Extra-abdominal Causes of Acute Abdominal Pain

Testicular Torsion

Testicular torsion occurs when the spermatic cord twists, compromising the blood supply to the testicles and scrotum. It can result from trauma or strenuous exercise, or the cause may not be obvious. Patients often report sudden testicular pain that may radiate to the lower abdomen and inguinal area, nausea and vomiting. On physical exam, the testicle is tender with a transverse orientation and elevation in the scrotum. Doppler ultrasound can distinguish between other diagnoses with normal or increased blood flow (epididymitis) and torsion (no flow). Prompt transfer to a hospital with a urologic service that can provide surgical exploration—preferably within 6 hours of the onset of pain—is required.

Ovarian Cyst and Ovarian Torsion

Ovarian cysts are uncommon in premenarchal patients, but females of reproductive age have the highest incidence of ovarian torsion.13 Pain from an ovarian cyst may result from bleeding into the cyst or rupture of a hemorrhagic cyst, causing peritoneal irritation. Rupture usually occurs preceding a menstrual period. Ultra- sound should be performed to document the size of the cyst and rule out tumors. Analgesia and proper follow up with gynecology is appropriate.
As with testicular torsion, patients with ovarian torsion present with sudden sharp pain that radiates to the ipsilateral groin and may be accompanied by nausea and vomiting. Doppler ultrasound is helpful in revealing the diagnosis, but definitive diagnosis is based upon surgical findings. Prompt gynecological consultation and surgery is required for definitive management. Complete blood count (CBC) may show anemia from hemorrhage, leukocytosis in ovarian necrosis, and electrolyte disturbances in patients who have severe vomiting.

Ectopic Pregnancy

Ectopic pregnancy is rare in the pediatric population but should be part of the differential diagnosis for all sexually active adolescents who present with acute abdominal pain. The classic symptoms include abdominal pain, vaginal bleeding and amenorrhea, but dizziness, vomiting, and symptoms of urinary tract infection (UTI) also may be present. Risk factors include previous ectopic pregnancy, pelvic inflammatory disease (PID), previous tubal ligation, use of an intrauterine device (IUD), infertility, and previous abortion. Ten to twenty percent of patients may present in shock. Pregnancy tests are very accurate and ultrasound usually shows an adnexal mass or blood in the cul-de-sac. ABCs should be the first step in management and a patient should be transferred for ob/gyn consultation and surgical management.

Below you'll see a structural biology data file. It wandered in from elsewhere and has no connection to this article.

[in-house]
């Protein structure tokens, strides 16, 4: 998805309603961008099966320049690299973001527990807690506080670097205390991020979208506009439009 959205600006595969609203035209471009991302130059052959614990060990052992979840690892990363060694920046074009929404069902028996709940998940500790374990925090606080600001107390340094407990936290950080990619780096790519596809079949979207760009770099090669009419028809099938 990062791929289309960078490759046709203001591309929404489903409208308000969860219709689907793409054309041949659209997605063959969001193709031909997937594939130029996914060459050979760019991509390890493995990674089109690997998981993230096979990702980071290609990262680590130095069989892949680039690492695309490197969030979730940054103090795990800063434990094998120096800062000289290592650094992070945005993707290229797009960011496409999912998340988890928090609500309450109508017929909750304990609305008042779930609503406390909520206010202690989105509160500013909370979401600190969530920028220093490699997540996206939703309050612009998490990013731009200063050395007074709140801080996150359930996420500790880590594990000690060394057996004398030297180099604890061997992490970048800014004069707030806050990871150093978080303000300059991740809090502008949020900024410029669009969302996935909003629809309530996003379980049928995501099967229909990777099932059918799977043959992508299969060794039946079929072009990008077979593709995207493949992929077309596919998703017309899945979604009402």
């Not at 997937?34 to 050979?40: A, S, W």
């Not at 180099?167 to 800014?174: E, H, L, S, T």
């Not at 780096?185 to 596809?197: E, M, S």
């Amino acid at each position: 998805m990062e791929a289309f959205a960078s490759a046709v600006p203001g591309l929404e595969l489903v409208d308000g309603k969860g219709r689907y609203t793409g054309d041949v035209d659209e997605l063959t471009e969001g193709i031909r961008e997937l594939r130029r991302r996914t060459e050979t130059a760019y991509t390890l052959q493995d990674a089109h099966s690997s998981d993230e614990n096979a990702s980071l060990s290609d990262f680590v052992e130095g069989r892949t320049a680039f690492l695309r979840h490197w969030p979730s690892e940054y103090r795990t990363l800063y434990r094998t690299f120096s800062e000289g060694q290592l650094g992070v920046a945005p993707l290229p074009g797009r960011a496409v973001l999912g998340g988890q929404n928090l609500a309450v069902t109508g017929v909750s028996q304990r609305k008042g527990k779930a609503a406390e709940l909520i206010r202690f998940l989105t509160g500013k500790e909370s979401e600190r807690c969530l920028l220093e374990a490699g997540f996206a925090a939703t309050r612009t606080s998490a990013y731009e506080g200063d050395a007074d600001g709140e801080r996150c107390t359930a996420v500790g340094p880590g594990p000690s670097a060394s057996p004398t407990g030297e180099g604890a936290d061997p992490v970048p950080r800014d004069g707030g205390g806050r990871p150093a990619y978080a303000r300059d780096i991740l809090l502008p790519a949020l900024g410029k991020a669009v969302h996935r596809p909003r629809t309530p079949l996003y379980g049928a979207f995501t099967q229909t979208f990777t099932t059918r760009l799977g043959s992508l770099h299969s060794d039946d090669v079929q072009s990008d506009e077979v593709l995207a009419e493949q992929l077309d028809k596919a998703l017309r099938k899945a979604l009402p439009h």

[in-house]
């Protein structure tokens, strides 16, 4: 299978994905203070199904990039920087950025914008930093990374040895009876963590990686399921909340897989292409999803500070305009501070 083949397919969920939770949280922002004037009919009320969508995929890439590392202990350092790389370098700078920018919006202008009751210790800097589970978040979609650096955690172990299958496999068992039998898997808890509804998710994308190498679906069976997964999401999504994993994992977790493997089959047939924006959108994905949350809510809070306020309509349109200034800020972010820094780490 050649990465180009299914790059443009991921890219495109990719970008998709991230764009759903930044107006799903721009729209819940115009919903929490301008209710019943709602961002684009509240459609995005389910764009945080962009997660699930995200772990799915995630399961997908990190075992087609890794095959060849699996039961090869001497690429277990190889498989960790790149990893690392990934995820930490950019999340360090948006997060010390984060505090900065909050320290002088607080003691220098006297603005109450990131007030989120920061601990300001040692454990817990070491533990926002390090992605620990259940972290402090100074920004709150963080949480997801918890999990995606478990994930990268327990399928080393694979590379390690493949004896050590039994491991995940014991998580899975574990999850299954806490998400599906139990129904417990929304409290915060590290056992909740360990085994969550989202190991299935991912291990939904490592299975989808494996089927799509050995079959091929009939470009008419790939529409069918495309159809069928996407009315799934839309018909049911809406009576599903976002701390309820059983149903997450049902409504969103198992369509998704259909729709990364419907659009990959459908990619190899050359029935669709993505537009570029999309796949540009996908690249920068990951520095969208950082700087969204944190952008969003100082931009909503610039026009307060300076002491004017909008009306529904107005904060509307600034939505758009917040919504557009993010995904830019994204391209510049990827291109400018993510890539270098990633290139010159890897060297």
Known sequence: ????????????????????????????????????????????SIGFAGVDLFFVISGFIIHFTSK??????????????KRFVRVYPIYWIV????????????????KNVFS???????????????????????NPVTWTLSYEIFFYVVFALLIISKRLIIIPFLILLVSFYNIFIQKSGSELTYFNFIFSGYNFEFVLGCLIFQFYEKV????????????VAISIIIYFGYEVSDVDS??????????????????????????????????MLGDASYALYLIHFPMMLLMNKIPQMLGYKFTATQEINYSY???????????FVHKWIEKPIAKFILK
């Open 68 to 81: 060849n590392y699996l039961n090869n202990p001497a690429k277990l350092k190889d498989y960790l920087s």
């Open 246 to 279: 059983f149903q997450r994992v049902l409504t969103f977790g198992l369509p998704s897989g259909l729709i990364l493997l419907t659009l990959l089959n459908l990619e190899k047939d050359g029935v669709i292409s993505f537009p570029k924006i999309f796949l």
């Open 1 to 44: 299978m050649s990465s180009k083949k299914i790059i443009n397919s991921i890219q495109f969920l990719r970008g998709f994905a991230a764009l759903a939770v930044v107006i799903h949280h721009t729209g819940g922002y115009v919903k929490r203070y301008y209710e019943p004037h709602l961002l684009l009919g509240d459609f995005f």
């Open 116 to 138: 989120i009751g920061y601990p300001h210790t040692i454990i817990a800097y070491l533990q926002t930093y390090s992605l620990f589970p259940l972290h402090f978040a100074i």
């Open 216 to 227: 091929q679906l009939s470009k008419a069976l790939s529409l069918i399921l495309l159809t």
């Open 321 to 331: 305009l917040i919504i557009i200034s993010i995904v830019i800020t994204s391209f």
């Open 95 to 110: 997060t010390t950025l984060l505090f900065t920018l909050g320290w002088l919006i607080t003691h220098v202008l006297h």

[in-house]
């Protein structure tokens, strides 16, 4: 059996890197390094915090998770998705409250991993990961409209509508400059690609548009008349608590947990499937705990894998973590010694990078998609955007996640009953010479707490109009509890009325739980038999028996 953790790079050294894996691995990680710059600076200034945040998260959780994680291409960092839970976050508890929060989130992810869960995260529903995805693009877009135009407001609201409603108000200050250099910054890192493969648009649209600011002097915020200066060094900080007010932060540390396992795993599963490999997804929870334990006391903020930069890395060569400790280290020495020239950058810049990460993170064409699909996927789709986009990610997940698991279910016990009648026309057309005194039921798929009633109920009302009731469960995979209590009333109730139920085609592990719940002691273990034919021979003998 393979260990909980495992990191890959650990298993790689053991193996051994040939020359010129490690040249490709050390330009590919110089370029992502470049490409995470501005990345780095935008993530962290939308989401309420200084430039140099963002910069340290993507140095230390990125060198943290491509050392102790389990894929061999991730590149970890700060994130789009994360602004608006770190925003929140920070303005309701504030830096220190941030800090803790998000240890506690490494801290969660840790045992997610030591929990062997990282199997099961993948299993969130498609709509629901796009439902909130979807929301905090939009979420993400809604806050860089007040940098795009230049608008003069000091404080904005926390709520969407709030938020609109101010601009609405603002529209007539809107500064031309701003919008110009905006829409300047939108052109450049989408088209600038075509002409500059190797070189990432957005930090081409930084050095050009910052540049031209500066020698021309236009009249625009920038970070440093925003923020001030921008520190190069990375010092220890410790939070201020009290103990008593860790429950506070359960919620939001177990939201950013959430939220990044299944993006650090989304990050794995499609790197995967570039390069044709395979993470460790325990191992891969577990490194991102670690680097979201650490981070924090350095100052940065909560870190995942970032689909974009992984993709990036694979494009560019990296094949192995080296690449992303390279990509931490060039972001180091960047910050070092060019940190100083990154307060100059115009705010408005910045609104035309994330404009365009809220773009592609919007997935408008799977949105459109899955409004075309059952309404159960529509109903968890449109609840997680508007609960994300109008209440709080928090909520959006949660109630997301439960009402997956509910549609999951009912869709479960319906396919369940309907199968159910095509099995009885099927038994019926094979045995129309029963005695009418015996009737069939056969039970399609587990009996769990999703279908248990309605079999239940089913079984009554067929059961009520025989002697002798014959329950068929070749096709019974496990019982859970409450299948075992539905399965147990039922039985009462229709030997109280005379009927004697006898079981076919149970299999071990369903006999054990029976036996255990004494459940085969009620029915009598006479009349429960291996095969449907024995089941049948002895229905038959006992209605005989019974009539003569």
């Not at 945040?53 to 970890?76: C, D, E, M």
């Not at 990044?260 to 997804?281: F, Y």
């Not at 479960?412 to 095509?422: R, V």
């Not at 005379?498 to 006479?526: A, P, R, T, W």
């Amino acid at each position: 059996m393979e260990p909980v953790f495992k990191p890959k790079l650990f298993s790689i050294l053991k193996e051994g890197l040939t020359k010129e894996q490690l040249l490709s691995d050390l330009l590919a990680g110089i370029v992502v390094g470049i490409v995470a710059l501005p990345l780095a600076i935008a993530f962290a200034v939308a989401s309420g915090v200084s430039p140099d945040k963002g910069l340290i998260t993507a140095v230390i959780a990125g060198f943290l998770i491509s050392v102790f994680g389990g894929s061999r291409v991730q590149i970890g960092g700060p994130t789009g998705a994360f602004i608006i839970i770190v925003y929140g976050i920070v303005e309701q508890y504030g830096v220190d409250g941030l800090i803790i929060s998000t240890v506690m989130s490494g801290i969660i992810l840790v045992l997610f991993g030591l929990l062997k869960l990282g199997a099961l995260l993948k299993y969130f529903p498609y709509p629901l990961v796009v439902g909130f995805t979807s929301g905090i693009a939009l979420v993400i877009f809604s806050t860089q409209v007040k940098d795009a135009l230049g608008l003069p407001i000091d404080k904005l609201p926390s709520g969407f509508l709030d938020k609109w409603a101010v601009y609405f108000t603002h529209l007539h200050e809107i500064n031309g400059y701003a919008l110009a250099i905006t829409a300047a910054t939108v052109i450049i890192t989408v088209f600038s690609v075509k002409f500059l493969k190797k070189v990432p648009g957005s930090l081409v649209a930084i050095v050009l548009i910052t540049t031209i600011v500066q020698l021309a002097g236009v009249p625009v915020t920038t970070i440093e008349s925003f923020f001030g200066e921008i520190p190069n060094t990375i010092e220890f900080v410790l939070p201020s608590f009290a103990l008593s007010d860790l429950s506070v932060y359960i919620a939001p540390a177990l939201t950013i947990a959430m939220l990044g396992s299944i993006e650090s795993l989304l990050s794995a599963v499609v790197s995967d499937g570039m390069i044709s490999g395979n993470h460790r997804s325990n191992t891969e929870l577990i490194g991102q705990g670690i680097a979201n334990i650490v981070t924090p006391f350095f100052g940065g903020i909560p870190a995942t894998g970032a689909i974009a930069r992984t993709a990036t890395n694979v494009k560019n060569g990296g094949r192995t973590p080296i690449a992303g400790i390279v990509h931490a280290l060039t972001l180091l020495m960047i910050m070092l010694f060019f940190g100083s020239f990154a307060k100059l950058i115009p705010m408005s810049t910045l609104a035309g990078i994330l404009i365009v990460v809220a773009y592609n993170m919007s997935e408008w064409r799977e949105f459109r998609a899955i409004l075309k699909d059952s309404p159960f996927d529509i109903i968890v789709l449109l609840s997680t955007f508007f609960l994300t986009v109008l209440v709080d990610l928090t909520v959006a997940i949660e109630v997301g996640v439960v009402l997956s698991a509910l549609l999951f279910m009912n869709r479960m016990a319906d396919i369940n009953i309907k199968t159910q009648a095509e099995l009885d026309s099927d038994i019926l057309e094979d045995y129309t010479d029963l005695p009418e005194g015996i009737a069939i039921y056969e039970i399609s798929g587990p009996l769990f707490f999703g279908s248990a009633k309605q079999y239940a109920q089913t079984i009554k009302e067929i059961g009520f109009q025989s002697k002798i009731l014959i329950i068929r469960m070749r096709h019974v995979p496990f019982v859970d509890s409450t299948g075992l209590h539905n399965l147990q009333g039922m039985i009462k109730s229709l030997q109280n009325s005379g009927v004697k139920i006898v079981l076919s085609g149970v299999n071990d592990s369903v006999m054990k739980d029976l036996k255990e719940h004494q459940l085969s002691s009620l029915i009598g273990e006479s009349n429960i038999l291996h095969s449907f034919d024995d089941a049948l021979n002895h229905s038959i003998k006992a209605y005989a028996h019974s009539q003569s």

Pelvic Inflammatory Disease

Risk  of PID  is increased  in patients  who  have recent insertion of an IUD, have multiple sexual part- ners, and use vaginal douches among other fac- tors. Patients with PID usually present with lower abdominal pain, vaginal discharge, urinary symptoms, and fever. On physical exam, vaginal/endocervical discharge may be abnormal or purulent and cervical motion and adnexal tenderness may be present. Blood work may show leukocytosis, and an elevated sedimentation rate and c-reactive protein (CRP) level. According to the Centers for Disease Control and Prevention, PID is confirmed if pelvic tenderness is associated with one or more of the following: acute or chronic endometritis or salp- ingitis with histologic evaluation of biopsy, demonstration of Neisseria gonorrhea or Chlamy- dia trachomatis in the genital tract, salpingitis visualized by laparoscopy or laparotomy, isolation of pathogenic bacteria in a clean speci- men from the upper genital tract, or inflammatory/purulent pelvic peritoneal fluid without a source.14 Evaluation should include cultures of cervix, urethra, rectum or urine for N. gonorrhea or C. trachomatis. Sexually active patients presenting with pelvic or lower abdominal pain with no other cause should be empirically treated with antibiotics for PID. For mild-mod- erate PID, ceftriaxone 250 mg IM once plus doxycycline 100 mg orally twice daily with or without metronidazole 500 mg twice daily for 14 days, or cefoxitin 2 g IM single dose and Probenecid 1g orally administered concurrently in a single dose plus doxycycline 100 mg twice daily with or without metronidazole 500 mg twice daily for 14 days can be given. Patients who are pregnant, have tubo-ovarian abscess, have failed oral therapy or have severe illness should be admitted for IV antibiotic therapy with cefotetan 2g every 12 hours or cefoxitin 2g IV every 6 hours plus doxycycline 100 mg every 12 hours.